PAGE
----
It’s a quick one about getting lost. We’ve all done it; it’s easy to do. One moment you might be driving along a road looking for, I don’t know, clues or something. Or you might be walking along a beach or across the Downs, searching for that little nugget of information that might be crucial to getting to the next point on your destination. You see a sign – no entry. Or something that tells you shouldn’t proceed. Sometimes these no entry signs are explicit (quick tip: red round sign, white stripe = no entry. You can have that one for free). Sometimes they are implicit – a sign saying ‘Private Land’ or a bouncer standing at an entrance to a night club with his arms folded (By the way if you do come across him on your hunt, you might want to revisit both your navigational and time management skills – see above). Sometimes the signs are there but there might be things growing around, making them not clear to see at all.

In the case of my brother-in-law (let’s call him Andy for the sake of protecting his embarrassment), the no entry sign was implicit and it was being hidden, not by anything physical but by a myriad of other things going on in his brain. Let me explain.

Andy was a young salesman back in the day. He was full of enthusiasm, keen to create a good impression, well prepared and confident. One day he was asked to go along to a customer’s sales meeting to present to a group of people. The treasure at the end of this particular sales hunt was a significant contract for his own business. He had done his homework: projected sales figures were on hand, details about the product, delivery timescales, anticipated questions prepped for answers. He had his laptop with him, slides to show, papers organised and a sales patter which he delivered with aplomb. The meeting finished and there were smiles all round. The contract was looking very promising. The adrenalin that had been coursing through him had done him proud. He packed away all his equipment and with his laptop and papers tucked under his arm, enthusiastically went round the table, shook everyone’s hand and bid his farewell. With one last wave of the hand he turned to leave and walked through the door... straight into a cupboard full of stationery.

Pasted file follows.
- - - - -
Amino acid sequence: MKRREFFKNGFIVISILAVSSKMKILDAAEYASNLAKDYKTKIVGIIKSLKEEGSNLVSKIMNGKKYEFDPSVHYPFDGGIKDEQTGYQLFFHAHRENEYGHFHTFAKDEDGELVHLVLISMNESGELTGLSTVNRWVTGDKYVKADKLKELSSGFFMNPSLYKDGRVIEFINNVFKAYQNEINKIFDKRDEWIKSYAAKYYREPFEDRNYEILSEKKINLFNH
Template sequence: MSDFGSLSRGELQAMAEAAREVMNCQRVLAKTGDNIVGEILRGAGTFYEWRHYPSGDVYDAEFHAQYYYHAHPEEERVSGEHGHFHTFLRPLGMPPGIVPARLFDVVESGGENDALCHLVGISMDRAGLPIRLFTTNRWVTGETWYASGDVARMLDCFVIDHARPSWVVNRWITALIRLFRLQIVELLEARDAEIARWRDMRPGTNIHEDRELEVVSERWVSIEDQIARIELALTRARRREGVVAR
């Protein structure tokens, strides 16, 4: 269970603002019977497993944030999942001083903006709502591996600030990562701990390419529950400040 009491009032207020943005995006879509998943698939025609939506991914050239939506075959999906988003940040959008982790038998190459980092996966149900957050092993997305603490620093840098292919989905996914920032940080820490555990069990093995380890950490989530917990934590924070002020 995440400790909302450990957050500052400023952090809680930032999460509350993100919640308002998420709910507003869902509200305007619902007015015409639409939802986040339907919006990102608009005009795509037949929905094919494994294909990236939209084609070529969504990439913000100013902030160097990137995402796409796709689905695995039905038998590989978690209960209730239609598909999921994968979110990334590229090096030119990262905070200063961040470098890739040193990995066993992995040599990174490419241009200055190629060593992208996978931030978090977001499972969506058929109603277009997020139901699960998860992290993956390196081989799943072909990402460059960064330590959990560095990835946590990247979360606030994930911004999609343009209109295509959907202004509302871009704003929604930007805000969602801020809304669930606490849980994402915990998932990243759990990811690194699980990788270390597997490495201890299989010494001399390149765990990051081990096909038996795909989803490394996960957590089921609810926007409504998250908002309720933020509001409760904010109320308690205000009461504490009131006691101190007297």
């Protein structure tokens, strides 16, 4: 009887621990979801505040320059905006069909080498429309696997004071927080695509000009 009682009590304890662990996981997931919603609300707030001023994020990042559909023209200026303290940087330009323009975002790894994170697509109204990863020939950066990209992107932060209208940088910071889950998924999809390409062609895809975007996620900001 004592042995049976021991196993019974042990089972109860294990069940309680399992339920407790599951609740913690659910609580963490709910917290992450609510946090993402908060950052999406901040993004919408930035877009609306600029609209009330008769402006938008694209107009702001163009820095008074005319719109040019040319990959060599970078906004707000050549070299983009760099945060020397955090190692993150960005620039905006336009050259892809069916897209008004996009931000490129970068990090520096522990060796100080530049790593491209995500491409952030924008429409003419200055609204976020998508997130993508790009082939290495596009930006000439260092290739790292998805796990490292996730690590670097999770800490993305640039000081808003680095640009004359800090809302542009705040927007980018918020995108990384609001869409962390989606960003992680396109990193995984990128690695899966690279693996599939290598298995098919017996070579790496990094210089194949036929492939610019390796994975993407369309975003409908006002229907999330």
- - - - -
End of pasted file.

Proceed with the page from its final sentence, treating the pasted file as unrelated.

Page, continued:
Now, there was a moment while he was in there when Andy had to make a decision. He had to choose a route, just as you might have to on your own hunt for treasure. Do you carry on or turn back the way you came? For Andy, it was not straightforward; neither route was attractive. He could go further into the cupboard, hope they hadn’t noticed and stay there until the meeting broke up. Or he could turn around and face the music.

To his credit, he did the latter. He continued the waves and smiles on his way out of the cupboard and to the exit door which was next to the door marked ‘Stationery cupboard’ (implicit). To uproarious laughter, he carried it off as well as he could have done. His only regret, he told us, was that he did not have the wherewithal to do what Inspector Clouseau did in one of his films in a similar situation which was to wave a finger in the air and say, ‘Ah... the old closet ploy’.

The moral? Well, read into it what you wish. But remember: you are a treasure hunter. Go out and enjoy yourself. After all, you only live once (unlike the characters in my book, Quarton: The Bridge, click on...)

Congratulations! I knew you’d reach the end.

P.S          If you can stand more of this, google my name and you should find a link to my web-site and blogs.

P.P.S      My brother-in-law is called Andy.